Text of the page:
Corrugated fibreboard asparagus containers have been used as a viable alternative to wooden containers because they are cost effective and collapsible for easy storage. Such fibreboard containers also have several drawbacks. Such containers are often constructed from multiple piece blanks and require stapling or banding in their construction. When the asparagus is unpacked, the staples or banding may become mixed in the asparagus and later harm a consumer. Moreover, these containers generally have inadequate stacking strength causing the asparagus spears to break or bend as the top and bottom walls of the containers weaken when stacked on top of each other.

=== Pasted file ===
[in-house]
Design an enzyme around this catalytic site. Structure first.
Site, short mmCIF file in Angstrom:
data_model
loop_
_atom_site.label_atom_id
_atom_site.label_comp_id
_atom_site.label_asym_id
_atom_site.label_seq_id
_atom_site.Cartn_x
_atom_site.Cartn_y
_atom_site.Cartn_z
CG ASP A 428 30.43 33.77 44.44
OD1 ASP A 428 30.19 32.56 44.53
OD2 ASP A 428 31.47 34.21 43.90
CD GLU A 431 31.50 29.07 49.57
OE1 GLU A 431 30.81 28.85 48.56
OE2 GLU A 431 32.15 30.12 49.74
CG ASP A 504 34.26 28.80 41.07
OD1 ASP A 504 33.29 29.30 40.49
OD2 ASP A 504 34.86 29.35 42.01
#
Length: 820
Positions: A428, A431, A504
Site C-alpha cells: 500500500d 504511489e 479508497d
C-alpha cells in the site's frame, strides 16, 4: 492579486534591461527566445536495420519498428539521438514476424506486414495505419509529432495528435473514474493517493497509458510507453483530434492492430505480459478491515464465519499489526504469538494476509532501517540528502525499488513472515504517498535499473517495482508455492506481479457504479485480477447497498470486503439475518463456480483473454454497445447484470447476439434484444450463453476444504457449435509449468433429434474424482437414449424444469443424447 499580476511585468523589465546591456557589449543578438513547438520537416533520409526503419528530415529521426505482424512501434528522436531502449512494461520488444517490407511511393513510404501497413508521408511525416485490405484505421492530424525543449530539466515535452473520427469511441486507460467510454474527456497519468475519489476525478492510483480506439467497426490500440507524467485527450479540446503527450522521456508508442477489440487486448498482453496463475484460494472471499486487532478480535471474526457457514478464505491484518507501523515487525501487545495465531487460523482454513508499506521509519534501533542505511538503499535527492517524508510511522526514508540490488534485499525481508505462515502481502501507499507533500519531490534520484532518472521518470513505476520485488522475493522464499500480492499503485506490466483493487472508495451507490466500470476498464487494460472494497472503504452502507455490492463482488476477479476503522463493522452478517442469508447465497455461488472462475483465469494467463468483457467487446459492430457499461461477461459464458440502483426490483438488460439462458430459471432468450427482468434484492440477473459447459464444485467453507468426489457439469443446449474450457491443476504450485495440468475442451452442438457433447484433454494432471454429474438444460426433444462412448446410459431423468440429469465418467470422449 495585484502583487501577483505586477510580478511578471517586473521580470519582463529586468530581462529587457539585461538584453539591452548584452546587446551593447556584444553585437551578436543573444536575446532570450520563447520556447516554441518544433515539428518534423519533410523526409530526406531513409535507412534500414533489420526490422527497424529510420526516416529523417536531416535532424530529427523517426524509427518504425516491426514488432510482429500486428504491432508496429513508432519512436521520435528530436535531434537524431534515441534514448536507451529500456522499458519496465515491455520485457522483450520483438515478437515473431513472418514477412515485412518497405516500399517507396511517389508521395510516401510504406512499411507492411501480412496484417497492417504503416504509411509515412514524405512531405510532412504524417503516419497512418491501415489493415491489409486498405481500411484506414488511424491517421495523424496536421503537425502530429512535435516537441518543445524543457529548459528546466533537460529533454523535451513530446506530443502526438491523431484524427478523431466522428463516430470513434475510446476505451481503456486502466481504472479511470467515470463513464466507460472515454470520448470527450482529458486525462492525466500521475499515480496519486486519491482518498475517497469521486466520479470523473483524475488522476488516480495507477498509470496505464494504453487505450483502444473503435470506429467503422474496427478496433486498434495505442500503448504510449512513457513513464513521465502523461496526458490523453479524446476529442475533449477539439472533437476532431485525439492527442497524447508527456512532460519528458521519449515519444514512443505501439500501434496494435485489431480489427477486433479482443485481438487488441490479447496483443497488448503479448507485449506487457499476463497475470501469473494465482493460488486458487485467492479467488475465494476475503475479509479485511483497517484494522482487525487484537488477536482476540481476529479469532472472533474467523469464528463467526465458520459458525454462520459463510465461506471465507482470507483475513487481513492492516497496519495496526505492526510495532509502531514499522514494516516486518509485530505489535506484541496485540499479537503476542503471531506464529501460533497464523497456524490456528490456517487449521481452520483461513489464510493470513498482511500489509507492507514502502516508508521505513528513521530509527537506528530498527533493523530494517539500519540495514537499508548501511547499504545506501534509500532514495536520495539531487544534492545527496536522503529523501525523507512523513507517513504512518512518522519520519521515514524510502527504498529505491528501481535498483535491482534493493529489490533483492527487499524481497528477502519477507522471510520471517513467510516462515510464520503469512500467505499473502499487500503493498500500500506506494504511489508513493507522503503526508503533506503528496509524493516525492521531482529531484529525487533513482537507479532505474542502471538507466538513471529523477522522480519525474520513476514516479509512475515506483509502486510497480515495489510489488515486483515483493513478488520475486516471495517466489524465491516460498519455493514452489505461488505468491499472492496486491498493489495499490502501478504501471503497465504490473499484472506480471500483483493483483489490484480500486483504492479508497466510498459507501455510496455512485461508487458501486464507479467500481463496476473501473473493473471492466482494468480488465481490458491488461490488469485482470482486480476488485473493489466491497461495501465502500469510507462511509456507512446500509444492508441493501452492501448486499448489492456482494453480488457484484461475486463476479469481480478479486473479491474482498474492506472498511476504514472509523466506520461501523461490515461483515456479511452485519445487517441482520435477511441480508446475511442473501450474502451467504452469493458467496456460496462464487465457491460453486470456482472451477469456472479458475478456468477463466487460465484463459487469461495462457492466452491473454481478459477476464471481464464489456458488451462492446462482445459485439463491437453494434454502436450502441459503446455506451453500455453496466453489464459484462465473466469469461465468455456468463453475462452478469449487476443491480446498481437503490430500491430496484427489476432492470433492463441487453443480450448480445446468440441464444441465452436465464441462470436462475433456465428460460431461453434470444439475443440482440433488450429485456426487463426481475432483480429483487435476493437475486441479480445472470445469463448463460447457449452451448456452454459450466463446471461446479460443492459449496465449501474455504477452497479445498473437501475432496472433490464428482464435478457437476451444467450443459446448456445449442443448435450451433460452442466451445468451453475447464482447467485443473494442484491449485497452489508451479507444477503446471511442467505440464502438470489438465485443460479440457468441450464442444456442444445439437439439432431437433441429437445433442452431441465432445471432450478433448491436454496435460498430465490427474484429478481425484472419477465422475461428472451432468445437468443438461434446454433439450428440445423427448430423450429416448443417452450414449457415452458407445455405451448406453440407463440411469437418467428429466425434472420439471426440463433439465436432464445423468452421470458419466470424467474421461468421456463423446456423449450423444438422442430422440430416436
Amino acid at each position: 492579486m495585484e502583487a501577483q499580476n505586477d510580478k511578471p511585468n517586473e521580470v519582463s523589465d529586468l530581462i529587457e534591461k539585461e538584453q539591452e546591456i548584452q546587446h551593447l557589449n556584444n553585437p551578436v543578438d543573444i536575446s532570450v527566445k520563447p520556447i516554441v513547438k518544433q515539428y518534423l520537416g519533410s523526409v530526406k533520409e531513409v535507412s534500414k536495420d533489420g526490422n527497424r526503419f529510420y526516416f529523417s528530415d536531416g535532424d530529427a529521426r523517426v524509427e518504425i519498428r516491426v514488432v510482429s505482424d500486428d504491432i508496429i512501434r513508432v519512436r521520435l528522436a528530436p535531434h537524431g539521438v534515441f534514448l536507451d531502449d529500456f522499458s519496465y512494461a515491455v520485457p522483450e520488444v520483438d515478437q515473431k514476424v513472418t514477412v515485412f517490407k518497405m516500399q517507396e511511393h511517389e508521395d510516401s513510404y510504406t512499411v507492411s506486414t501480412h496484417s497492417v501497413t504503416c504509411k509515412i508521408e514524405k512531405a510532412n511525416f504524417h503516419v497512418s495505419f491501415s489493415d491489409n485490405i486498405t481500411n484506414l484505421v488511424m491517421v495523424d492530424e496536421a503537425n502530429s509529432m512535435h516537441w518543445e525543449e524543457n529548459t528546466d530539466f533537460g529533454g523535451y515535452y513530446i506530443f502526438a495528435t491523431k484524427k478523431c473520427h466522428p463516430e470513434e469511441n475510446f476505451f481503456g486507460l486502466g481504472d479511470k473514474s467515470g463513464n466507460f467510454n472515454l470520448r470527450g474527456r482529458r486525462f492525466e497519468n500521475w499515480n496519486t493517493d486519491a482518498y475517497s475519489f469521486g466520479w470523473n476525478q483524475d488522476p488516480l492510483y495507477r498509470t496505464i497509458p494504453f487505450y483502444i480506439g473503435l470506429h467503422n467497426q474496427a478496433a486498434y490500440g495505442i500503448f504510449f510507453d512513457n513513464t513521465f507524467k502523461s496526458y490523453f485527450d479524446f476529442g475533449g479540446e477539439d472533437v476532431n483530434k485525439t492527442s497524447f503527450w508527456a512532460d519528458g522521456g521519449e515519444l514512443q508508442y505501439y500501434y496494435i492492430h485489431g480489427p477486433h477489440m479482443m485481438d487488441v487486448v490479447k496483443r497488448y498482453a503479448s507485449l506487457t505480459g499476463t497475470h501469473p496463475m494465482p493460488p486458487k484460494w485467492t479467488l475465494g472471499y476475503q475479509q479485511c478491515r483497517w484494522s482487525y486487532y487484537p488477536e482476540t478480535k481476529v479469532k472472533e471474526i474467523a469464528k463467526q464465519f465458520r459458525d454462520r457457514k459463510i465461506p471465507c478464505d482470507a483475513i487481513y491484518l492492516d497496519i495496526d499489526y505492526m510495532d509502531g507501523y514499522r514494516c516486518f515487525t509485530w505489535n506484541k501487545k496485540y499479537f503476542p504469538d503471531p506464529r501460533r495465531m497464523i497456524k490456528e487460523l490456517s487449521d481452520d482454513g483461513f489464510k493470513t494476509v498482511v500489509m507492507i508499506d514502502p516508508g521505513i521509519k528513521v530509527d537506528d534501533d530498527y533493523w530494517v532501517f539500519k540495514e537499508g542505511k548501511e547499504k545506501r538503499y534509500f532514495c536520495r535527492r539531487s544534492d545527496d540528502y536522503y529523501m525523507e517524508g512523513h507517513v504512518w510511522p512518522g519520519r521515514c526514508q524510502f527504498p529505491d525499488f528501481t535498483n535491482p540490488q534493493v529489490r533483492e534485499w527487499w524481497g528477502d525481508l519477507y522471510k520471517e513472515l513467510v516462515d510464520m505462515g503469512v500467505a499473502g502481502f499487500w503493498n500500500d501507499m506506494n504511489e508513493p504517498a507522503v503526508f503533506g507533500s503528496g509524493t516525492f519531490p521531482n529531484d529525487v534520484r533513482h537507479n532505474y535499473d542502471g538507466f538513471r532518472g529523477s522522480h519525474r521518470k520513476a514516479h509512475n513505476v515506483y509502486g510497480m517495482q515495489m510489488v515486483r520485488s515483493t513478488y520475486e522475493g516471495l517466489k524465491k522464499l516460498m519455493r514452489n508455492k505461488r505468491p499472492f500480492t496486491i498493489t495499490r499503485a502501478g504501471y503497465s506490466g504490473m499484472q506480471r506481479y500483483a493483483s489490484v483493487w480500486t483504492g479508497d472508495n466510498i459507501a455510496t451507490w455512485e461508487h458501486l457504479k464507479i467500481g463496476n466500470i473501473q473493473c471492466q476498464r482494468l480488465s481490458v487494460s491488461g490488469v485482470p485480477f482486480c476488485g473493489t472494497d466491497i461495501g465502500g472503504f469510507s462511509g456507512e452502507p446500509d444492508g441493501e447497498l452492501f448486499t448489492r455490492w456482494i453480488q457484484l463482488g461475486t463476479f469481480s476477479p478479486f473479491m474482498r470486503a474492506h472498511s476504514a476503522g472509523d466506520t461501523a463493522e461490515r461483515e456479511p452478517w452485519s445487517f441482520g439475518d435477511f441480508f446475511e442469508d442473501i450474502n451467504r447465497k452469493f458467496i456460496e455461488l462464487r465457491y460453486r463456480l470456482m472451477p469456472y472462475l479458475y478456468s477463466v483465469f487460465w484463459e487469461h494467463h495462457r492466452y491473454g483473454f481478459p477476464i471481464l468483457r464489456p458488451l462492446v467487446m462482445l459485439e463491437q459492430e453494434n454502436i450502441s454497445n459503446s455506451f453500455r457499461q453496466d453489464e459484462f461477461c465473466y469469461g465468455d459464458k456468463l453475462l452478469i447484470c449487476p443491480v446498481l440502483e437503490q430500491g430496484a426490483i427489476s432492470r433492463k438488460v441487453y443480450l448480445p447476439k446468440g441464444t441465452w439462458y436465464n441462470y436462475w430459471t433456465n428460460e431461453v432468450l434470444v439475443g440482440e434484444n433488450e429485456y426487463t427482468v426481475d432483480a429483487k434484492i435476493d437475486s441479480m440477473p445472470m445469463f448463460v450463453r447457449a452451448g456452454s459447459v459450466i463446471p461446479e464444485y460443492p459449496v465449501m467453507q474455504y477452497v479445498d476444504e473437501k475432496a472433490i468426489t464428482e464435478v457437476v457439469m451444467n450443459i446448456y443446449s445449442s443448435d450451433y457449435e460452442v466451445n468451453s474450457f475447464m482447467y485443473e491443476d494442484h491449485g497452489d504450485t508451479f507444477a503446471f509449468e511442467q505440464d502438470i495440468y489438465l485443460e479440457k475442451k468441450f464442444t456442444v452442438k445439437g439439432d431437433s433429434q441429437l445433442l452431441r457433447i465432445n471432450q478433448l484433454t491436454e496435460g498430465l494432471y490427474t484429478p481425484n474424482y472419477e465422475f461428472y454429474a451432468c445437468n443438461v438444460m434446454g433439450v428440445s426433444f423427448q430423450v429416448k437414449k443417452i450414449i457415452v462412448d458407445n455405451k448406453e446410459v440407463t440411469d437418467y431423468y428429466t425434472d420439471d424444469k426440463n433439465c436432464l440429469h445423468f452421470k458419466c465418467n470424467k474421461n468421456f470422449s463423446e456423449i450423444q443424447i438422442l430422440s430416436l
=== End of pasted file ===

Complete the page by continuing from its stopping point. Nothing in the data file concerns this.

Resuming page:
There exists a need for a container which overcomes the disadvantages associated with conventional asparagus containers. The present invention provides such an improved container design.

SUMMARY OF THE INVENTION

In accordance with the foregoing, it is an object of the present invention to provide a corrugated or solid fibreboard container having adequate strength and shape to store asparagus and the like without damage.

It is a related object to provide an improved corrugated or solid fibreboard container capable of maintaining asparagus spears in a straight and upright position within the container.

Yet another object of the present invention is to provide a corrugated or solid fibreboard container which has improved stacking strength, ease of packing and unpacking, and does not require stapling or banding of the container for closure.

A further object of the invention is to provide a container which has a moisture repellant construction and is capable of hydro-cooling and ventilation of the asparagus.